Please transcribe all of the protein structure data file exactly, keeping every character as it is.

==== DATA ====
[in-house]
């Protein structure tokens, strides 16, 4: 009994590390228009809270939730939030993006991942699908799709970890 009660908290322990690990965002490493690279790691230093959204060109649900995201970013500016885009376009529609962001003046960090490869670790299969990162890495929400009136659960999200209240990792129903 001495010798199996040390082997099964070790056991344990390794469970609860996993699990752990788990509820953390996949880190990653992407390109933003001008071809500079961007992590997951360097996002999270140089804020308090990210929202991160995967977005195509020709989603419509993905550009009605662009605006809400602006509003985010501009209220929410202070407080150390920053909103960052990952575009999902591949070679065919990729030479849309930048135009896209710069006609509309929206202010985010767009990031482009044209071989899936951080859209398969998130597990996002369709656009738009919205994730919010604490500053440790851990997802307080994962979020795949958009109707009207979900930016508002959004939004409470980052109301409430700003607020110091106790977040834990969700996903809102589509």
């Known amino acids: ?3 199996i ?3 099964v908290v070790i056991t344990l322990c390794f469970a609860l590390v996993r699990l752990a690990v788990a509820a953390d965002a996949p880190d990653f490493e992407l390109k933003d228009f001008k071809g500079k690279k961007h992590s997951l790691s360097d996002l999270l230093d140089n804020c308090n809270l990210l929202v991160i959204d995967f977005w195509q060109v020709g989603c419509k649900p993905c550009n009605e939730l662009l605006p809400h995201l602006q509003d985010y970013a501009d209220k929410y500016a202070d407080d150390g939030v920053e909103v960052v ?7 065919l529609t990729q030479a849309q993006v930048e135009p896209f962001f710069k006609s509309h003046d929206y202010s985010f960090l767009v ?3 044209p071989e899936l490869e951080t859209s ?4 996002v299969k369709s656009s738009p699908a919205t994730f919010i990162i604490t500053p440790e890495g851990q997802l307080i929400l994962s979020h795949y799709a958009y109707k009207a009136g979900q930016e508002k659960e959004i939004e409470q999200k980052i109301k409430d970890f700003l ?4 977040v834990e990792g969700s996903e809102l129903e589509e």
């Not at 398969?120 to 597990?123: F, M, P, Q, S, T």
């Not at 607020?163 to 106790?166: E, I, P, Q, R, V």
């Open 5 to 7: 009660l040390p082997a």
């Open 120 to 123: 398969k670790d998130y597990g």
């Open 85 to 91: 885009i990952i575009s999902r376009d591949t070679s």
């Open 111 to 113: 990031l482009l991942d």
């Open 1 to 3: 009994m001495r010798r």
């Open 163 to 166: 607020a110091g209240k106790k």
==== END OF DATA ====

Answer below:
[in-house]
């Protein structure tokens, strides 16, 4: 009994590390228009809270939730939030993006991942699908799709970890 009660908290322990690990965002490493690279790691230093959204060109649900995201970013500016885009376009529609962001003046960090490869670790299969990162890495929400009136659960999200209240990792129903 001495010798199996040390082997099964070790056991344990390794469970609860996993699990752990788990509820953390996949880190990653992407390109933003001008071809500079961007992590997951360097996002999270140089804020308090990210929202991160995967977005195509020709989603419509993905550009009605662009605006809400602006509003985010501009209220929410202070407080150390920053909103960052990952575009999902591949070679065919990729030479849309930048135009896209710069006609509309929206202010985010767009990031482009044209071989899936951080859209398969998130597990996002369709656009738009919205994730919010604490500053440790851990997802307080994962979020795949958009109707009207979900930016508002959004939004409470980052109301409430700003607020110091106790977040834990969700996903809102589509």
């Known amino acids: ?3 199996i ?3 099964v908290v070790i056991t344990l322990c390794f469970a609860l590390v996993r699990l752990a690990v788990a509820a953390d965002a996949p880190d990653f490493e992407l390109k933003d228009f001008k071809g500079k690279k961007h992590s997951l790691s360097d996002l999270l230093d140089n804020c308090n809270l990210l929202v991160i959204d995967f977005w195509q060109v020709g989603c419509k649900p993905c550009n009605e939730l662009l605006p809400h995201l602006q509003d985010y970013a501009d209220k929410y500016a202070d407080d150390g939030v920053e909103v960052v ?7 065919l529609t990729q030479a849309q993006v930048e135009p896209f962001f710069k006609s509309h003046d929206y202010s985010f960090l767009v ?3 044209p071989e899936l490869e951080t859209s ?4 996002v299969k369709s656009s738009p699908a919205t994730f919010i990162i604490t500053p440790e890495g851990q997802l307080i929400l994962s979020h795949y799709a958009y109707k009207a009136g979900q930016e508002k659960e959004i939004e409470q999200k980052i109301k409430d970890f700003l ?4 977040v834990e990792g969700s996903e809102l129903e589509e």
């Not at 398969?120 to 597990?123: F, M, P, Q, S, T």
């Not at 607020?163 to 106790?166: E, I, P, Q, R, V």
């Open 5 to 7: 009660l040390p082997a």
């Open 120 to 123: 398969k670790d998130y597990g």
């Open 85 to 91: 885009i990952i575009s999902r376009d591949t070679s």
């Open 111 to 113: 990031l482009l991942d």
């Open 1 to 3: 009994m001495r010798r």
């Open 163 to 166: 607020a110091g209240k106790k």